What do starting a band and starting a business have in common? This sounds like the start to a riddle, but it isn’t.
Over the last several years, I’ve grown a successful business by teaching online and in-person guitar lessons. I handle the accounting, marketing, promotion, and communication, as well as the actual teaching. But before I turned my passion into a career, I was a musician, playing gigs in bars around Baton Rouge with a group of buddies who also played music.
As I’ve refined my business skills, I’ve noticed that many lessons I learned when I was in my band helped shape me into the businessman I am today. My experiences booking gigs, collaborating with my bandmates, and handling promotions have all provided valuable insights that I’ve been able to apply to my career now.
From band to business
Choose your partners wisely. Being in a band is about a lot more than just playing songs in a garage with your friends. Reaching a certain level of success where you are paid to play music requires discipline and collaboration - in fact, I’d even say that we spent more time handling logistics, finding bars to play in, and handling financial situations than we did practicing. This is why it’s vital to find partners that you trust and can work well with.
A few months into playing in the band, I realized that some of my band mates weren’t pulling their weight when it came to this logistical work. They were good friends and musicians, but some didn’t have the level of dedication that it took on the business side of things to be successful. In the same way, it’s important to surround yourself with colleagues that are as committed to your shared goals and vision as you are. Take the time to vet the people that you choose to bring into your business, and make sure they have the necessary skills and dedication to help move your company forward.
At first, you have to commit to doing things you don’t necessarily love. Many people start their own business because they want to work for themselves, and because they have a passion and the necessary skillset to make it happen. When I started my guitar lesson business, I knew I loved teaching.I had seen success teaching ski lessons, and teaching myself how to play instruments. I also loved the guitar, and I was enthralled by the idea of getting paid to do something I enjoyed.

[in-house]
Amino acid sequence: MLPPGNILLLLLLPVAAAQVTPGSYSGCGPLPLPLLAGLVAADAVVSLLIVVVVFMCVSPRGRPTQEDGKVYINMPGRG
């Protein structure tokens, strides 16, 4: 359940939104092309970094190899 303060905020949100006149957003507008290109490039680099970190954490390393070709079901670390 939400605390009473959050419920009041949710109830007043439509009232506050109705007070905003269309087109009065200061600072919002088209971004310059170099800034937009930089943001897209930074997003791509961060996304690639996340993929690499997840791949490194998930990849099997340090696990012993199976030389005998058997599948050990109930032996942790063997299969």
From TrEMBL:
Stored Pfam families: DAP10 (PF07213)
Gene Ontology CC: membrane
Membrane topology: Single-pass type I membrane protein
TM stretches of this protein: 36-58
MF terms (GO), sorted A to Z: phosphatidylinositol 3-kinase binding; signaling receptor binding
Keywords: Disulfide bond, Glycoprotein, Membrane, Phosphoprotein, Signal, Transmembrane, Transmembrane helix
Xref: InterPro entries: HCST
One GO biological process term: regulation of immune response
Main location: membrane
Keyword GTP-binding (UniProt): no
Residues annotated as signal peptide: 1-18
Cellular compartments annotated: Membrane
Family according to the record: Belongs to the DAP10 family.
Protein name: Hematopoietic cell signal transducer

However, even if you’re committing to a business idea that allows you to fulfill your passion, there are many aspects of the job that probably won’t be inherently exciting. When I first started playing music, I had to handle my own recording. I had to buy my own equipment and teach myself how to record, even though it wasn’t an aspect of music I enjoyed.
In the same way, entrepreneurs have to handle human resources, accounting, and administrative tasks besides the core work of their business. When you continue to grow your company, eventually you can have the resources to hire people to handle these aspects - but at the beginning, keep in mind that you’re committing to the non-glamorous facets of your business, too.
No matter what, keep growing and learning. There was a point in my business where I had enough students to pay my bills, and was living comfortably. I was coasting. I realized this was dangerous - if you’re not growing and continuing to improve, you’ll find the quality of your work slipping. Many bands also fall into this trap. They book a few gigs, master a few songs, and start coasting.
The people who get ahead, both in music and in business, are the ones that will see true success. I decided to start online courses along with my in-person courses, which accelerated my business more than I could have hoped by just staying stagnant with my regular lessons. By pushing yourself to innovate in your company, as well as committing to all aspects of the business and finding key business partners to collaborate with, you’ll push yourself closer to your goals.
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